Kwoyelo is indicted on 93 counts, including murder, rape, defilement, destruction of crops and property, recruitment of child soldiers and other crimes against humanity.


The trial of Thomas Kwoyelo is the first domestic war crimes case in Uganda, and the first LRA prosecution.


The Lord’s Resistance Army (LRA) is a rebel group formed in 1987, which operates mainly in the northern Ugandan region of Acholiland from bases established in southern Sudan.

The LRA is led by Joseph Kony, a self-proclaimed spirit medium who claims to have received the order to form the LRA from the Holy Spirit in order to liberate the people of Uganda “from corruption, sins and immoral thinking“. Whereas Kony’s exact political goals remain unclear, he is said to aim at erecting a Ugandan theocracy based on the Ten Commandments.

While the LRA is not in a position to destabilize the Ugandan government, it has for 18 years terrorized the civilian population in northern Uganda. The LRA has its origin in an uprising of the Acholi people against the south-Ugandan Yoweri Museveni, which started after the latter overthrew the then President Okello in 1986. However, Joseph Kony did not gain the lasting support of the Acholi and was soon forced to retreat into Sudanese territory. Feeling betrayed by his own people, he has since then directed most of the LRA’s attacks against the civilian population of the Acholi.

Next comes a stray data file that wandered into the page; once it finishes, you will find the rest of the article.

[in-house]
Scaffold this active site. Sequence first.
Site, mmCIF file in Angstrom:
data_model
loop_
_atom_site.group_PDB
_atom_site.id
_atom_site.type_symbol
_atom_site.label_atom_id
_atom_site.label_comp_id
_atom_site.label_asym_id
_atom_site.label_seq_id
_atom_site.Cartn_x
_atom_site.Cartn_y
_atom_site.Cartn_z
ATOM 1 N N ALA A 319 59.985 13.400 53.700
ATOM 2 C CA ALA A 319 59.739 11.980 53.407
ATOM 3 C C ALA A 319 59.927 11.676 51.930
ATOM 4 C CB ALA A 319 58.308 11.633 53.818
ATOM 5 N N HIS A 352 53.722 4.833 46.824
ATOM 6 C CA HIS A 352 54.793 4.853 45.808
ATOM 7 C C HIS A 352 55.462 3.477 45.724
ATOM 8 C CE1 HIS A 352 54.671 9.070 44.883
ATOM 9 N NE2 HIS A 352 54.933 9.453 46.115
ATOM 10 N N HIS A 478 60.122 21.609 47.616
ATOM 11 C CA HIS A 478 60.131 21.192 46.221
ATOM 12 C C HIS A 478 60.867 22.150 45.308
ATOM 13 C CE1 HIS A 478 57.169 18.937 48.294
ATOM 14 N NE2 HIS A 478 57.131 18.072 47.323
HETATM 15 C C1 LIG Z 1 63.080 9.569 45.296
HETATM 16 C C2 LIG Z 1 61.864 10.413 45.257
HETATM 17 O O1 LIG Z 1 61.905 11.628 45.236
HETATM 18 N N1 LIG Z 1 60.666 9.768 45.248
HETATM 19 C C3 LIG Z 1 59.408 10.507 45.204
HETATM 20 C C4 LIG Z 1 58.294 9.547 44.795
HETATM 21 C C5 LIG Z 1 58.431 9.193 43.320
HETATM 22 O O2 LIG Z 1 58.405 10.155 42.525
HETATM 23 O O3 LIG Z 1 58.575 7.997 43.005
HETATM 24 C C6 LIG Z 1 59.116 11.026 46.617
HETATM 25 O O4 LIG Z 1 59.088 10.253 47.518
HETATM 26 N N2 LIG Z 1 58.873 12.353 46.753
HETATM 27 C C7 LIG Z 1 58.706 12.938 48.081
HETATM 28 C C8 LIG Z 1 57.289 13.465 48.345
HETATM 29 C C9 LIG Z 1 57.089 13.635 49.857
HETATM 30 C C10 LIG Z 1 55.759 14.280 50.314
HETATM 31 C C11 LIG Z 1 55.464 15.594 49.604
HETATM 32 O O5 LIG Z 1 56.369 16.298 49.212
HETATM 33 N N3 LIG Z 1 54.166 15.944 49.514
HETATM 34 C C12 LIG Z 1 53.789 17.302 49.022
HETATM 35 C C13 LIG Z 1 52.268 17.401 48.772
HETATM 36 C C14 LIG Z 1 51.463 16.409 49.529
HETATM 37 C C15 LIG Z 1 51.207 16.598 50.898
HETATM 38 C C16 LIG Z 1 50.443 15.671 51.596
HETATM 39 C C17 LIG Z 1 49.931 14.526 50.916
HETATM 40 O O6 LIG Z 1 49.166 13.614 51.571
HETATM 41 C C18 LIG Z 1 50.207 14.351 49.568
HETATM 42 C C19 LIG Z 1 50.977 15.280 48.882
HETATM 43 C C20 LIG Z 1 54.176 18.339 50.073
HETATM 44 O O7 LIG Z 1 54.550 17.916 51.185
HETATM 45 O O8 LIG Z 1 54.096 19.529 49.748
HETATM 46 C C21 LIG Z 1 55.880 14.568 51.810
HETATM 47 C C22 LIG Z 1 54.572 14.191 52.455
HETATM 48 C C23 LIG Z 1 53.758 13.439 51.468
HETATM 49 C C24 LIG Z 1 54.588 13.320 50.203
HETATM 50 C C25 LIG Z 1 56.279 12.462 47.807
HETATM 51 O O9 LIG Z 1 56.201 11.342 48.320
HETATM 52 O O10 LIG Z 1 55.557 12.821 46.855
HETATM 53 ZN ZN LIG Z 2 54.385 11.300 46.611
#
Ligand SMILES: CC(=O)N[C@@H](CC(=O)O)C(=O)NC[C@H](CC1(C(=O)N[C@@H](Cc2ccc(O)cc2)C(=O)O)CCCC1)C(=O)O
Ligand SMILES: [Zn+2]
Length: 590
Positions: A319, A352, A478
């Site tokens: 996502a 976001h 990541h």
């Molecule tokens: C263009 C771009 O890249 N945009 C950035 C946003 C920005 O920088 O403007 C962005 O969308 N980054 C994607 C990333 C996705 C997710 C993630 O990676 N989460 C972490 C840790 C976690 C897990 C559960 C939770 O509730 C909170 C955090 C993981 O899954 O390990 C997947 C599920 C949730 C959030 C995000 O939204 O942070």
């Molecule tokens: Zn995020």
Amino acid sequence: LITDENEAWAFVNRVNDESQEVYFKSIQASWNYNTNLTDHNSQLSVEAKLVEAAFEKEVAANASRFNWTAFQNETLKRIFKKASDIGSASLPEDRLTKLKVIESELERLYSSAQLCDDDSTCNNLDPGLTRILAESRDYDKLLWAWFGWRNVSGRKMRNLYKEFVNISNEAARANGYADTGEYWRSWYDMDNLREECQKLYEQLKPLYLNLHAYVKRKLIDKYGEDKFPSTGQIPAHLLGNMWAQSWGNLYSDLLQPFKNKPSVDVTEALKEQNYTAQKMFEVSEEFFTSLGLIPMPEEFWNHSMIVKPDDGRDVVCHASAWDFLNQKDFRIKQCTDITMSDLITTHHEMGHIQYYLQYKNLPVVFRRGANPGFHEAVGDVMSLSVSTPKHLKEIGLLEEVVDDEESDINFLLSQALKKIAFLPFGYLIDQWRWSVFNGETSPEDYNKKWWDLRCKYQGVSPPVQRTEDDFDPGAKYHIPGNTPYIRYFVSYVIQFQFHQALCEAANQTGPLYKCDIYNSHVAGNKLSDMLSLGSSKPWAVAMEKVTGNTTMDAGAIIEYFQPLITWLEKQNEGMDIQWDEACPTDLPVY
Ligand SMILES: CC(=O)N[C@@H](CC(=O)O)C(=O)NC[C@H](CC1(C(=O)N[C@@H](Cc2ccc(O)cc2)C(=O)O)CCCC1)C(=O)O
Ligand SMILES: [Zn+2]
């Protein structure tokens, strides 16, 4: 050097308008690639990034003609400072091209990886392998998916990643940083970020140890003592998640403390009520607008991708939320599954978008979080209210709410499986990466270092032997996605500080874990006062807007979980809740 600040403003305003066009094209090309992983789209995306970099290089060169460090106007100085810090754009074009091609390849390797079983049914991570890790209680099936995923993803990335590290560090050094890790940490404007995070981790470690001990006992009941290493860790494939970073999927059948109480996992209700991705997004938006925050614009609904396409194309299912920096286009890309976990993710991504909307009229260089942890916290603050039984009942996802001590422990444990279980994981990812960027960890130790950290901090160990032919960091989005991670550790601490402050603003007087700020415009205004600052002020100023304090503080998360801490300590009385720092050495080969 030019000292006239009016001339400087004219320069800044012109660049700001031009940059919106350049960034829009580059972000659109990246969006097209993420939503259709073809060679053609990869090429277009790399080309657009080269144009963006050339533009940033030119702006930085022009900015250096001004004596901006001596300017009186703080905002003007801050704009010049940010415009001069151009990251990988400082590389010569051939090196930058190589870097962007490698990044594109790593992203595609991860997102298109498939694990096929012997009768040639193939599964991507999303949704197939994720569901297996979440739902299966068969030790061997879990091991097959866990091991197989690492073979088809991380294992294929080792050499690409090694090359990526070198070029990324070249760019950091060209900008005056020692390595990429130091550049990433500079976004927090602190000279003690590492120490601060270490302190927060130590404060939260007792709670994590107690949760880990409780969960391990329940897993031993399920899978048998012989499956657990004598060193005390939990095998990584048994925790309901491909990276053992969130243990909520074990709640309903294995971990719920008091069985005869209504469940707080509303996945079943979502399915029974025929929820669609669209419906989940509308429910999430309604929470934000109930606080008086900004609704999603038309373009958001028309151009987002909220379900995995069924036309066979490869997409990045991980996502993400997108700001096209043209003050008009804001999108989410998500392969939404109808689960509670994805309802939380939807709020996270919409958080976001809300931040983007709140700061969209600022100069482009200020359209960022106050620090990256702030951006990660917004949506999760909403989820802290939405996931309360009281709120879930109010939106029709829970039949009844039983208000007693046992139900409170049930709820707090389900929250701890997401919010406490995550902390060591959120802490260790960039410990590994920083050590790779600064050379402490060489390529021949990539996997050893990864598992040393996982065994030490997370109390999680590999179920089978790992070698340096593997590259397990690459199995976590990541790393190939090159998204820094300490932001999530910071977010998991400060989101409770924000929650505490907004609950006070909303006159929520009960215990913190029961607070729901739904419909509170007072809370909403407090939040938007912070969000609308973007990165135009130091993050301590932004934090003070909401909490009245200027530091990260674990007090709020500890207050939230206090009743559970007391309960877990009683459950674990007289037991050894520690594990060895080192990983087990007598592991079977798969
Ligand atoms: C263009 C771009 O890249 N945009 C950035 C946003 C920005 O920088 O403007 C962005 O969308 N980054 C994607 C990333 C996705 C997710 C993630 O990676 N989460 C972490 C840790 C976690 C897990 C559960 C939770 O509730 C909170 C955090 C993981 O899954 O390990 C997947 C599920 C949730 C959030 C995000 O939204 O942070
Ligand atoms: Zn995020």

The main characteristic of the LRA is that it is made up of up to 85% of children between 11 and 15 years of age. To fill their ranks, LRA troops systematically abduct children, using them as soldiers, porters and sexual slaves. According to estimates, some 20’000 children have been abducted. The abducted children are often forced to kill their own parents to destroy any prospect of returning home. To deter the abductees from trying to escape, the LRA force the children to kill those who tried to escape.

The LRA is responsible for widespread abuses against the civilian population. They have killed tens of thousands of civilians, and many more are said to have died as a result of hunger and disease caused by the conflict.

The LRA’s soldiers are notorious for maiming alleged collaborators with the government by cutting off their hands, lips and ears. As a result of their looting and destroying whole villages, up to three quarters of the Acholi people have been forcibly displaced.

Some observers claim that the Sudanese government was supporting the LRA, because Uganda allegedly supported the Sudan People’s Liberation Army (SPLA), the rebel movement which fights the Sudanese government. However, in a 1999 bilateral agreement, the two governments vowed to stop supporting the rebel groups.

Also based on a bilateral agreement with Sudan, the Ugandan government may pursue LRA rebels on Sudanese territory, but only up to a “red line“, which is marked by an overland-road about 100 km into the country.

On 10 October 2005,however, the Ugandan government reported that Sudan had given them free reign, during one month, to pursue the LRA anywhere across the border.